|Large seal script|
|Bronze Age China|
|Small seal script|
Clerical script (lishu)
The large seal script or great seal script (Chinese: 大篆; pinyin: Dàzhuàn) is a traditional reference to Chinese writing from before the Qin dynasty (i.e. before 221 BCE), and is now popularly understood to refer narrowly to the writing of the Western and early Eastern Zhou dynasties (i.e. 1046–403 BCE), and more broadly to also include the oracle bone script (c.1250–1000 BCE). The term is in contrast to the name of the official script of the Qin dynasty, which is often called the small or lesser seal script (小篆 Xiǎozhuàn, also termed simply seal script). However, due to the lack of precision in the term, scholars often avoid it and instead refer more specifically to the provenance of particular examples of writing.
In the Han dynasty (202 BCE – 220 CE), when clerical script became the popular form of writing and (small) seal script was relegated to more formal usage such as on signet seals and for the titles of stelae (inscribed stone memorial tablets which were popular at the time), the people began to refer to the earlier Qin dynasty script as 'seal' script (due to the continued use on signet seals, or name chops). At that time, there was still knowledge of even older, often more complex graphs (dating to the middle to late Zhou dynasty, and directly ancestral to the Qin forms) which differed from the Qin seal script forms, but which resembled them in their rounded, seal-script-like style (as opposed to the squared, rectilinear clerical script style). As a result, two terms emerged to describe them: 'greater seal script' for the more complex, earlier forms, and 'small seal script' for the Qin dynasty forms.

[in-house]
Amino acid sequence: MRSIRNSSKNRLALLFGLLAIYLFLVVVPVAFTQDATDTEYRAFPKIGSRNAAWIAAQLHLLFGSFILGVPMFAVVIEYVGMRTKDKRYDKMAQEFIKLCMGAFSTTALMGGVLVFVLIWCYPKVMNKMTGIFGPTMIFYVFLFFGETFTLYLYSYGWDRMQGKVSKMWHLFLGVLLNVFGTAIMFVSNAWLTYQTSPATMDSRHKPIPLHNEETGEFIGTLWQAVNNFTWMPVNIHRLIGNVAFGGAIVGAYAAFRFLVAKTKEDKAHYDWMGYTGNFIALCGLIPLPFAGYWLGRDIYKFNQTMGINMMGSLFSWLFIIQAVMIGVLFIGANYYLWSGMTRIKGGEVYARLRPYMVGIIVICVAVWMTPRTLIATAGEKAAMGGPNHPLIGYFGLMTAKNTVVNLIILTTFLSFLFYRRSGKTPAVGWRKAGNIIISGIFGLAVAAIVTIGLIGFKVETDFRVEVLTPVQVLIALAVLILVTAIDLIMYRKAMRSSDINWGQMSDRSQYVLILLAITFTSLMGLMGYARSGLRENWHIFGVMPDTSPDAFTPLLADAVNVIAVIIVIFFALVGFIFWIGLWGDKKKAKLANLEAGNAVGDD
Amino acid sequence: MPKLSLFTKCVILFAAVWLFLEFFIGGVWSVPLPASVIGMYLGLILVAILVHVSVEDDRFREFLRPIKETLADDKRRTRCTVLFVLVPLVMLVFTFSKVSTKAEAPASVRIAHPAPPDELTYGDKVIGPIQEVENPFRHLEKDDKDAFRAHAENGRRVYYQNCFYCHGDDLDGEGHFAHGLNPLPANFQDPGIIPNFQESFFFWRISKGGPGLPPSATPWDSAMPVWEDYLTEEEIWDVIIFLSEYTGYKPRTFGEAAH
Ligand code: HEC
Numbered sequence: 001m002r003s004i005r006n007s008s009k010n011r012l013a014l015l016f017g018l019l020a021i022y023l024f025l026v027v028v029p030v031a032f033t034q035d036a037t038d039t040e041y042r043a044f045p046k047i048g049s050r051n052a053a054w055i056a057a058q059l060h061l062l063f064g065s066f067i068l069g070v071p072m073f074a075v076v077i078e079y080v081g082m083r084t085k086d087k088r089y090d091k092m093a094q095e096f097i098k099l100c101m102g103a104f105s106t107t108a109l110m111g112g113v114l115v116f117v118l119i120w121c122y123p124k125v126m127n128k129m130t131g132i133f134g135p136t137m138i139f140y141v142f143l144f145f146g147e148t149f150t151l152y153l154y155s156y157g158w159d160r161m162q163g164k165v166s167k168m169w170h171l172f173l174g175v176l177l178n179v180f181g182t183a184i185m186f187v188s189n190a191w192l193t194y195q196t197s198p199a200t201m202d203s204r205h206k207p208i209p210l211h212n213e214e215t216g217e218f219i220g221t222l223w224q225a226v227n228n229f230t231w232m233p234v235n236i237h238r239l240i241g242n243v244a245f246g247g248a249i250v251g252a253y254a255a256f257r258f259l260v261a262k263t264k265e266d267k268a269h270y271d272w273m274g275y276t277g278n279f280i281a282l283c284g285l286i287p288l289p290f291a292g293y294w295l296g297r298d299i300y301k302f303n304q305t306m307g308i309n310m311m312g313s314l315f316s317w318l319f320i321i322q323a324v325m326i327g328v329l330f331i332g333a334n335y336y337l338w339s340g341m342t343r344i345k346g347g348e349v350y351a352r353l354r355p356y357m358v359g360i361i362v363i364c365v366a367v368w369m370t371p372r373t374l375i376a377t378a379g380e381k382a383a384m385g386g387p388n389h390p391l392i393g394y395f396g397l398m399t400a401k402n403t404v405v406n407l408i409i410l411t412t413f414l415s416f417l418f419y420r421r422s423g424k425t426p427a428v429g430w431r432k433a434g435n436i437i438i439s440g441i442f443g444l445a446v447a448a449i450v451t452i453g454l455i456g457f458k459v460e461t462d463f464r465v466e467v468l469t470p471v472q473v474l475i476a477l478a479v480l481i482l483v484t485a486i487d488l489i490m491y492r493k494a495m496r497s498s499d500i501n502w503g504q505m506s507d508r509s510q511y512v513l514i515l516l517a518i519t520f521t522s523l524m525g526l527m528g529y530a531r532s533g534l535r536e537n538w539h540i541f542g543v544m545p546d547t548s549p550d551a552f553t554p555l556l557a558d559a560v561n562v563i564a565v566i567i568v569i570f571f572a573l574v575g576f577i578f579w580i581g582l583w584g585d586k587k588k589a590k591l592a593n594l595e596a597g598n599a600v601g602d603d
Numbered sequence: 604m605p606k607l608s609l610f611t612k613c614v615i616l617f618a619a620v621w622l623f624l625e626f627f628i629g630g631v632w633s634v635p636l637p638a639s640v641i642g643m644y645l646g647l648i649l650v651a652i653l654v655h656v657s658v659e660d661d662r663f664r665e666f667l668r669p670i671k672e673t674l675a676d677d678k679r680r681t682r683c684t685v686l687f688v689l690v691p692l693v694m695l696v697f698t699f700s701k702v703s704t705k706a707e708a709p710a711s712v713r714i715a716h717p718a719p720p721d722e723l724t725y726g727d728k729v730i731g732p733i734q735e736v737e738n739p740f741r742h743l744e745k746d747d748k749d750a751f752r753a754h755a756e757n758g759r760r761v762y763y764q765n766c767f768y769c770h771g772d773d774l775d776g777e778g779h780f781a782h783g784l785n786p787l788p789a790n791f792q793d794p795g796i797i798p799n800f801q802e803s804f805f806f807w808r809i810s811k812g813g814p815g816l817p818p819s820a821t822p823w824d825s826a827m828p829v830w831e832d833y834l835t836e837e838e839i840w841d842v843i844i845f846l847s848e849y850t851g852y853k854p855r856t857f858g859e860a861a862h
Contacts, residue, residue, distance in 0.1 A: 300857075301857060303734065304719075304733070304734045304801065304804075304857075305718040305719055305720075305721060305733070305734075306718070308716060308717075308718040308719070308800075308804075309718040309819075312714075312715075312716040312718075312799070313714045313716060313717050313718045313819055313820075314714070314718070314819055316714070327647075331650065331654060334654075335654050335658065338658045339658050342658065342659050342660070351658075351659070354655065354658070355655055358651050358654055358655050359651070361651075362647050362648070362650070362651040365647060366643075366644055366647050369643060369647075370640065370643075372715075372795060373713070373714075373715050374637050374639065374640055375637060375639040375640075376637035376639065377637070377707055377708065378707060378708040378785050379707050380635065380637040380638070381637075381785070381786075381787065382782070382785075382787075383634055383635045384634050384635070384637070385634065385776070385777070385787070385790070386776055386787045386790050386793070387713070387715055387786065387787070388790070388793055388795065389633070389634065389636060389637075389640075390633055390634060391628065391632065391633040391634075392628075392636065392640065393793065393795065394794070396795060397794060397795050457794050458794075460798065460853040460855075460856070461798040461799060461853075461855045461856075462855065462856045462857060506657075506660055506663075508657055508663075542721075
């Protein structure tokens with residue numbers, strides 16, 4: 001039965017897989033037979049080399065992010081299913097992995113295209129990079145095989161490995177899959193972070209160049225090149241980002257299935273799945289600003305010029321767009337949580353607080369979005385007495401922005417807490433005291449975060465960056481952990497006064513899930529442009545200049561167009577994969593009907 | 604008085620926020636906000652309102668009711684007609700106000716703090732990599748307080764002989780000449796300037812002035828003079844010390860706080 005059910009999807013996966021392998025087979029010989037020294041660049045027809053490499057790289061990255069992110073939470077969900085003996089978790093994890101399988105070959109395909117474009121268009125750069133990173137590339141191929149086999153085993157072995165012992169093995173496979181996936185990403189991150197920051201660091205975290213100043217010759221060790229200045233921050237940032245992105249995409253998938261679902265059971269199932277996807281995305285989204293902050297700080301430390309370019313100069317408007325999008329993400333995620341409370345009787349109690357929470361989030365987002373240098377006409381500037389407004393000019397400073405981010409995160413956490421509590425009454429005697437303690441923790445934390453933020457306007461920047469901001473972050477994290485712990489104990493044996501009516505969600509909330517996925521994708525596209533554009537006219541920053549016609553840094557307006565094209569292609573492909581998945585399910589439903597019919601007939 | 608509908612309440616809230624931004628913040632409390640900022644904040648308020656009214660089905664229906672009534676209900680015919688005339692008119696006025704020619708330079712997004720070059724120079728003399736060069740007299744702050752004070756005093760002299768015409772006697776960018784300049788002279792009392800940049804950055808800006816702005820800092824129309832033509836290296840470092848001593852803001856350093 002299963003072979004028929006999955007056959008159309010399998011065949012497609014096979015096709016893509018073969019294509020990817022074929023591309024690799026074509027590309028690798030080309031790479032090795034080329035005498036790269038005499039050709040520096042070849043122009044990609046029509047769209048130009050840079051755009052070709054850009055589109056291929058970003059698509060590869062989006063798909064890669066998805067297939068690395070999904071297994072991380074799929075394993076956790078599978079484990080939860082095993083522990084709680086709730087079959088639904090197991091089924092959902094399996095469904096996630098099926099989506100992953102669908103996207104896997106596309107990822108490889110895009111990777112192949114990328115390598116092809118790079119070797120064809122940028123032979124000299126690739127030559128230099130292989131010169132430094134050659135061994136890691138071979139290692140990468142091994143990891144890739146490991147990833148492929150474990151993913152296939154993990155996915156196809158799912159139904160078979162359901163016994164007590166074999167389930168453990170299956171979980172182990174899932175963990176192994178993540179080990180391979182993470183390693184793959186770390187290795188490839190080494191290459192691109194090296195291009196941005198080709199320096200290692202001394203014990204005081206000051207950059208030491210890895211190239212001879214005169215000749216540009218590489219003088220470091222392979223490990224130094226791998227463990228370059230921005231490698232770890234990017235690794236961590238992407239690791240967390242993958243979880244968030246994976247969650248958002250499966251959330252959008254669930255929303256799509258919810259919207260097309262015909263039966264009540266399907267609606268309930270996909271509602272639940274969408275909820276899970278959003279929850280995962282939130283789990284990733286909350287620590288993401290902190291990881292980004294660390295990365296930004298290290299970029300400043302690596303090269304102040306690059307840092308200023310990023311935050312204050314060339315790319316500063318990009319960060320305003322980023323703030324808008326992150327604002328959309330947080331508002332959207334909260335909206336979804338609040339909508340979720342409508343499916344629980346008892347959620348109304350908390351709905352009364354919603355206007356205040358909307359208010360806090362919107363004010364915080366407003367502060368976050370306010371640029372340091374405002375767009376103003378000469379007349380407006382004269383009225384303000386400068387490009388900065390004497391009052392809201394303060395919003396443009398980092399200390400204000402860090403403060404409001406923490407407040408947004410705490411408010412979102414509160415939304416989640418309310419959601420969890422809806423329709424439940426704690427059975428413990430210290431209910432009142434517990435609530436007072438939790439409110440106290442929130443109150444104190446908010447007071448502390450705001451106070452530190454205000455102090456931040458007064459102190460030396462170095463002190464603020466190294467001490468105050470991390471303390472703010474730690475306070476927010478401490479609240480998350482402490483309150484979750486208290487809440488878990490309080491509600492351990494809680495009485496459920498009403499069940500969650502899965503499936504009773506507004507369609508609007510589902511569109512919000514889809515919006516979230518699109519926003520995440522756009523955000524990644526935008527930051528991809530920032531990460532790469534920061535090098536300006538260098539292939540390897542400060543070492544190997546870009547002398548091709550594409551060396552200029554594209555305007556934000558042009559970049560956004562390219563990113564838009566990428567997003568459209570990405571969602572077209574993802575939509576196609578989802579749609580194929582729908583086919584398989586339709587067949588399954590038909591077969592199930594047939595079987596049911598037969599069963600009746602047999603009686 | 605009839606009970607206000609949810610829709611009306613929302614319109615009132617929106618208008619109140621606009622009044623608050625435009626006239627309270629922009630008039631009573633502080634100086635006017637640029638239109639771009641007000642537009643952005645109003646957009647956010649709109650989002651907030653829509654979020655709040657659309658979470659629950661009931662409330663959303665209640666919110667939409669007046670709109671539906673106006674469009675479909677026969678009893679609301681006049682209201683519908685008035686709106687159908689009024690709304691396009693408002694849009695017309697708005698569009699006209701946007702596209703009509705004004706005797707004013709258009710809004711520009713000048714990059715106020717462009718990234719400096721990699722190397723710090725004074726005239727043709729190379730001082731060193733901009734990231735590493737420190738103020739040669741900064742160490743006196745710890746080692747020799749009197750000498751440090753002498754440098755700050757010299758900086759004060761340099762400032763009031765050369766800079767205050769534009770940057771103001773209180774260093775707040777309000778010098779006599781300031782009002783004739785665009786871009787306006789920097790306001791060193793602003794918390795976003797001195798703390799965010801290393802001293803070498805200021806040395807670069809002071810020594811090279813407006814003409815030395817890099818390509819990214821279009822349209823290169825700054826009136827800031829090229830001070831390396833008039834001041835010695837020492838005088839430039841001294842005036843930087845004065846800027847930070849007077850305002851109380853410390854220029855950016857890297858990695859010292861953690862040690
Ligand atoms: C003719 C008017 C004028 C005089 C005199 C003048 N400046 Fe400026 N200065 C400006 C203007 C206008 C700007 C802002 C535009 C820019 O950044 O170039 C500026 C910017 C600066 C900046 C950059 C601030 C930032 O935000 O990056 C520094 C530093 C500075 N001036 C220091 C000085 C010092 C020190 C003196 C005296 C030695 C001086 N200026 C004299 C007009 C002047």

It is only more recently that the term 'greater seal script' has been extended to refer to Western Zhou forms or even oracle bone script, of which the Han dynasty coiners of this term were unaware. The term 'large seal script' is also sometimes traditionally identified with a group of characters from a book c. 800 BCE entitled Shizhoupian, preserved by their inclusion in the Han dynasty lexicon, the Shuowen Jiezi. Xu Shen, the author of Shuowen, included these when they differed from the structures of the Qin (small) seal script, and labelled the examples Zhòuwén (籀文) or Zhòu graphs. This name comes from the name of the book and not the name of a script. Thus, it is not correct to refer to the c. 800 BCE Zhōu (周) dynasty script as Zhòuwén. Similarly, the Zhòu graphs are merely examples of large seal script when that term is used in a broad sense.